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New homes considered in Apex
Northern News Services
Published Monday, December 5, 2011
The city has 11 lots available in Apex to convert from public to private property. Apex currently has 102 homes.
At most, the city sees the potential for a total of 72 new lots in Apex, including the 11 already zoned but in need of drainage; two lots that could be made available with a road realignment; 19 lots that require surveying; and 40 lots that require engineering to allow construction.
"This is the maximum we feel we can accommodate in Apex," Arif Sayani told the 30 residents gathered at the public meeting.
"Looking at the map, we have no problem with more development," as long as it does not involve multiplexes or apartment buildings, said Sytukie Joamie, a resident since 1960. "The only people who have said 'no' are the municipality."
That being so, if lots are made available in the community, Apex residents should be first priority in getting them, Joamie said.
"We certainly welcome other people if they want to live in Apex, but first crack should be given to those who live in Apex," he said.
After 2012, all growth within Iqaluit is going to be in the form of multiplex or apartment buildings, whereas Apex lots are earmarked almost exclusively for single and semi-detached homes. Two lots could be multiplexes, Sayani said, likely capped at four units each.
The prospect of growth made some residents uncomfortable because it would come at the expense of green space, much of which the city is considering making available for residential development.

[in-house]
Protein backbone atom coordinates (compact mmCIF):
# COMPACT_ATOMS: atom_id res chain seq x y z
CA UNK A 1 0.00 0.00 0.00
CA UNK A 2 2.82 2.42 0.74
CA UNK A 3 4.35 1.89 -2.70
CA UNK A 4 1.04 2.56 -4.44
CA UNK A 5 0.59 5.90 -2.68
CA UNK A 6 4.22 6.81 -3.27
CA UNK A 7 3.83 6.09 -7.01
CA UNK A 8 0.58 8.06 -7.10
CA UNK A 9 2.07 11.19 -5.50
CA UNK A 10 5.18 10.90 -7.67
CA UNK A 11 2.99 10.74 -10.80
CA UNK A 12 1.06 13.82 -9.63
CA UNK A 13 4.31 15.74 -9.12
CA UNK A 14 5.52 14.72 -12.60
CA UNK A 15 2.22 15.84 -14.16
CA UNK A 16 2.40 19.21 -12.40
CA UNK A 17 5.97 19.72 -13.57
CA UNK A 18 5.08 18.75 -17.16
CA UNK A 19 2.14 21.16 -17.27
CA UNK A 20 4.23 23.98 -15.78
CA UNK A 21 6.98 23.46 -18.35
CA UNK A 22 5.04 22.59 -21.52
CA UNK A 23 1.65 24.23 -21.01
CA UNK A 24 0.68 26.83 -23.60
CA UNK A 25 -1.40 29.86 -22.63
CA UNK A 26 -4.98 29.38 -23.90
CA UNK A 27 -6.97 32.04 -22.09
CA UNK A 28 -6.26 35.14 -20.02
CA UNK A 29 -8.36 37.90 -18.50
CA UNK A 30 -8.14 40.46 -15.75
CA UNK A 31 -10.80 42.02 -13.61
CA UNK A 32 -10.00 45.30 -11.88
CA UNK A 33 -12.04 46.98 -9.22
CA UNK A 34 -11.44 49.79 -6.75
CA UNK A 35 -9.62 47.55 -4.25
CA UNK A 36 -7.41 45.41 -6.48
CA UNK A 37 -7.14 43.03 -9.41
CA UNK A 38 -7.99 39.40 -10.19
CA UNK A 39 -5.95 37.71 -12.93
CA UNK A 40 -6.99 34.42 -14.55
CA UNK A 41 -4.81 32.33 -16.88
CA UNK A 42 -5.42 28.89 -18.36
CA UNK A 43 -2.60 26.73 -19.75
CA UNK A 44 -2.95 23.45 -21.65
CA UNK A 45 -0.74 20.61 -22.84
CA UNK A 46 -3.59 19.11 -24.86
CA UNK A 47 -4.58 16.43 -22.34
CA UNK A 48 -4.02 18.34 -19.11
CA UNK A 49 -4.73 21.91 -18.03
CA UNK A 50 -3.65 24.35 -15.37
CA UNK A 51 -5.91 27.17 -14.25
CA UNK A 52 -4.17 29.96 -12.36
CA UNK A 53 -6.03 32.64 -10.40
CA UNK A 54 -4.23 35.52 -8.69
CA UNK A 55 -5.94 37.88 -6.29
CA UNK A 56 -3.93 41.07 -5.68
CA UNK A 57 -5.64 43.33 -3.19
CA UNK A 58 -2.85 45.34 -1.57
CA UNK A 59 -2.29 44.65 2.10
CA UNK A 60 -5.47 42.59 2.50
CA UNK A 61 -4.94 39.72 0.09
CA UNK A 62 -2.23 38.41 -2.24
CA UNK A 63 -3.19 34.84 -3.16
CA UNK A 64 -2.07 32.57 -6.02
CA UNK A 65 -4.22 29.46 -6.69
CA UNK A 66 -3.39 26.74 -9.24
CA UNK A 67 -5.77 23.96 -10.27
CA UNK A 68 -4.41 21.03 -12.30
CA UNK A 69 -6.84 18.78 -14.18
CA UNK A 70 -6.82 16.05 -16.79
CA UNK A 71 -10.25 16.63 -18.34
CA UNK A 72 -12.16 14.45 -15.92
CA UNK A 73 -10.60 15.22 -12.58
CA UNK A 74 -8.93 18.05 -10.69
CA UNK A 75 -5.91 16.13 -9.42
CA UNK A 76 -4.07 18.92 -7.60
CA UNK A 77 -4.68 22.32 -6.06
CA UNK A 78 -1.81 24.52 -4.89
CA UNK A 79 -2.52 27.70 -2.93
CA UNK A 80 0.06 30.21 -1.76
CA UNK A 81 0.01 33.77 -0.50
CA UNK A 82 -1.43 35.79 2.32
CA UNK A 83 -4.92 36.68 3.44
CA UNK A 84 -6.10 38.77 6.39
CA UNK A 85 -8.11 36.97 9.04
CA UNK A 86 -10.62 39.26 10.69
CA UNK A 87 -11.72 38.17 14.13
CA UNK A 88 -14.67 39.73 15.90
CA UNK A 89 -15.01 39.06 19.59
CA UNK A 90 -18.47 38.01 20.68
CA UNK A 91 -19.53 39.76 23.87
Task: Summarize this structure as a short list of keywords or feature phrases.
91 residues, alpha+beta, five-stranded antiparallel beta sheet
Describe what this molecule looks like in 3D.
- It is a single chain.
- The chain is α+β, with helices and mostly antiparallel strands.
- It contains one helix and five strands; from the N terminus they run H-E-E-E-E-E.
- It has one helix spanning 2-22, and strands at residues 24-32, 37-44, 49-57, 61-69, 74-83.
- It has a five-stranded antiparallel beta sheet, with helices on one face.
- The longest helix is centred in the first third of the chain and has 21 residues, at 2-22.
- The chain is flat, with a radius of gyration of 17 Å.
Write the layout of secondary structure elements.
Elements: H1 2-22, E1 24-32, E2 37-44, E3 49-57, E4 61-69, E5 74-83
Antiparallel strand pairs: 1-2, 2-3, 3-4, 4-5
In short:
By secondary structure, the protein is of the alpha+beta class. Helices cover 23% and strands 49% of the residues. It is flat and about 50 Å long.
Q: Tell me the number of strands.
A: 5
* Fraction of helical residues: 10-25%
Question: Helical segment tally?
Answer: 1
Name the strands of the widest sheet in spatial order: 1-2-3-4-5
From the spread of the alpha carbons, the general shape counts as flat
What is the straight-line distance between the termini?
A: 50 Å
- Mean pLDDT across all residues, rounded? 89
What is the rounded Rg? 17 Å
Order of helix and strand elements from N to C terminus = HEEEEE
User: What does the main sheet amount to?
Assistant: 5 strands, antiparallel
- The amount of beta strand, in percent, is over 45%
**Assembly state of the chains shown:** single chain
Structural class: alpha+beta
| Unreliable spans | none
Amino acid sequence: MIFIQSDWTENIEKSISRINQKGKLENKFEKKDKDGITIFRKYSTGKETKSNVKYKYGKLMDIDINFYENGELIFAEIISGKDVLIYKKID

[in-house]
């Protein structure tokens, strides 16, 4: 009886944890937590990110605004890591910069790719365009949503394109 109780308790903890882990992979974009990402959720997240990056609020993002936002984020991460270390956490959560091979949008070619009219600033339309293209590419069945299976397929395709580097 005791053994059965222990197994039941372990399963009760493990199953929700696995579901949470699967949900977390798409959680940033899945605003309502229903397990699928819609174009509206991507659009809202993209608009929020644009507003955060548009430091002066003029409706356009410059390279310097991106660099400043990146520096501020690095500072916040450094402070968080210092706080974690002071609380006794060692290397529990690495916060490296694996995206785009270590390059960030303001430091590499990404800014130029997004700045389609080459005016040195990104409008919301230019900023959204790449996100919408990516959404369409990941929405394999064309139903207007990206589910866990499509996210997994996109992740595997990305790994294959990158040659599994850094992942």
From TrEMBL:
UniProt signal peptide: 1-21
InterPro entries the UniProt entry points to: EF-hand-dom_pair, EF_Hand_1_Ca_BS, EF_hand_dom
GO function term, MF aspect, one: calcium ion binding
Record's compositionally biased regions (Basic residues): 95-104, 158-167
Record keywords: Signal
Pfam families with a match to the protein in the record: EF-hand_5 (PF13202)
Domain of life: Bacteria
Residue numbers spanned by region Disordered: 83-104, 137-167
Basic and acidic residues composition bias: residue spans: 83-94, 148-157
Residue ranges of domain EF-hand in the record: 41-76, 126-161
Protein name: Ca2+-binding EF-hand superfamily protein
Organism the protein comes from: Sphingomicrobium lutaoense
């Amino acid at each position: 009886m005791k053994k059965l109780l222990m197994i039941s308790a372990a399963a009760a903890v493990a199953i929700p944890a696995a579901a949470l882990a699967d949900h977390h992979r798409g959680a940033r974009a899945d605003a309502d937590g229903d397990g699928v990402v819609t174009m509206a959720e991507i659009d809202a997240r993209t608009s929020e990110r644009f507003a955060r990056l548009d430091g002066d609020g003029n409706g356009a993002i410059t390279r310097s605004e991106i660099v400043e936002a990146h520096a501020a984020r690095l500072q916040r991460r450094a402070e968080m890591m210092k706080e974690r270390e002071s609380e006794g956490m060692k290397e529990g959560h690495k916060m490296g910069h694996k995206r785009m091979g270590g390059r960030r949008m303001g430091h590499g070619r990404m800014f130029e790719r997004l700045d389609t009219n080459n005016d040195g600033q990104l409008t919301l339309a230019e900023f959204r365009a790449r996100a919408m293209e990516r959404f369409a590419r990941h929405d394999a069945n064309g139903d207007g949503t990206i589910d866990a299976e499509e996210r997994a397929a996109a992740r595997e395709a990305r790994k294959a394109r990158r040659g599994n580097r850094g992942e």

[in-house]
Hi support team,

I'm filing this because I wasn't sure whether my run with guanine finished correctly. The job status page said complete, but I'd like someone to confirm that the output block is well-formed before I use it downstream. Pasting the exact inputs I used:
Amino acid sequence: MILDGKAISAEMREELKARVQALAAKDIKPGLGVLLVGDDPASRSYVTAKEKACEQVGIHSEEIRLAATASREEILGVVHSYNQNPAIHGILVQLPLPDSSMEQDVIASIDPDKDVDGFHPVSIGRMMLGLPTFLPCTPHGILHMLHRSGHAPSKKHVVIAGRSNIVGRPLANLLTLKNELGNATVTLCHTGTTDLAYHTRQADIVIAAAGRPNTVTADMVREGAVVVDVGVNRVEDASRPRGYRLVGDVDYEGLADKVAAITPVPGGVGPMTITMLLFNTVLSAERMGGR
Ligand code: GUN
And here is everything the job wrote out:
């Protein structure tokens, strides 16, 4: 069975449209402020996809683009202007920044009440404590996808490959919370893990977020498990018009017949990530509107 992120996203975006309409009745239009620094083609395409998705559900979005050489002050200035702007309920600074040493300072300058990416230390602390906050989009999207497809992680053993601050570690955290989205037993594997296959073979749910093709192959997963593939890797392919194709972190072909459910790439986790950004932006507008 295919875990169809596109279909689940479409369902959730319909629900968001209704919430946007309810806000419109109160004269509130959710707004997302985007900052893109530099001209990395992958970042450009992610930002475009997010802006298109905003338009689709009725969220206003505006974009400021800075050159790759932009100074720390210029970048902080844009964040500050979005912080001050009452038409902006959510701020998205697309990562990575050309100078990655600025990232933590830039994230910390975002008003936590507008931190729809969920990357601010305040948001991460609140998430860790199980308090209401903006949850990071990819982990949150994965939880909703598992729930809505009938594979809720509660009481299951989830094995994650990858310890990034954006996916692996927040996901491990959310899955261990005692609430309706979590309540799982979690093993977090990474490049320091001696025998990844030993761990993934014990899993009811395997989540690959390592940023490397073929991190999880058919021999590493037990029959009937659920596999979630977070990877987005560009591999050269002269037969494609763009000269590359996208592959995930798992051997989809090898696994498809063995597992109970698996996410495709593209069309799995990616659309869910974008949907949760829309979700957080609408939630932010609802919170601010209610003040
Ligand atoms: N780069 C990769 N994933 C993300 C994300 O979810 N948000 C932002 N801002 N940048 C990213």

"We've always wanted a green belt around the community, especially on the hillsides, which are a resource for residents," Anne Crawford said. "Why not think more broadly instead of just filling in the blanks where there are no houses?"
"You're taking 30 years of our dream of turning this into a version of Peggy's Cove (a small community in Nova Scotia) and throwing that out the window," said Peter Baril. "The bottom line is not just green space, but a whole other picture of what Apex should be."
Sayani suggested that part of all development is the requirement for improvements such as parks and playgrounds.
Meanwhile, some residents called for better recreation facilities, including a new community centre and an outdoor hockey rink.
"If we're going to have construction in the future, I support the construction of a new community hall," Joamie said. "Even though the population of Apex is small, we deserve a large hall."
"Youth shouldn't have to go to town all the time because the cost of taxis is too high," Alice Joamie said.
"We want recreation facilities now," not as development happens, Crawford said, noting the community size warrants more facilities. "We should have an open-air hockey rink."
There was some confusion about the meeting's focus on new housing in Apex, which one elder assumed meant old houses were being replaced. Martha Michael, who lived in a tent on the shore before there were homes in Apex and now lives in public housing, raised concerns that homes such as hers are not well-maintained.
"With all these houses, if they are maintained by the housing authority they will be neglected," Michael said.
Others expressed concern the proposed development is within the area of the former dump site at Tarr Inlet. According to territorial health rules, no homes can be built within a 450-metre radius of the site, even though almost half of the community's homes are within this radius already.
"It's a southern standard that doesn't apply here because there are no basements," Sayani said.
He said the Department of Health and Social Services told him Apex can request that the radius be reduced to 250-metres.
The plan is currently a projection of what is possible, Sayani reiterated, and the full development would take several years if city councillors decide it is warranted.
He said he will take the concerns of residents to council.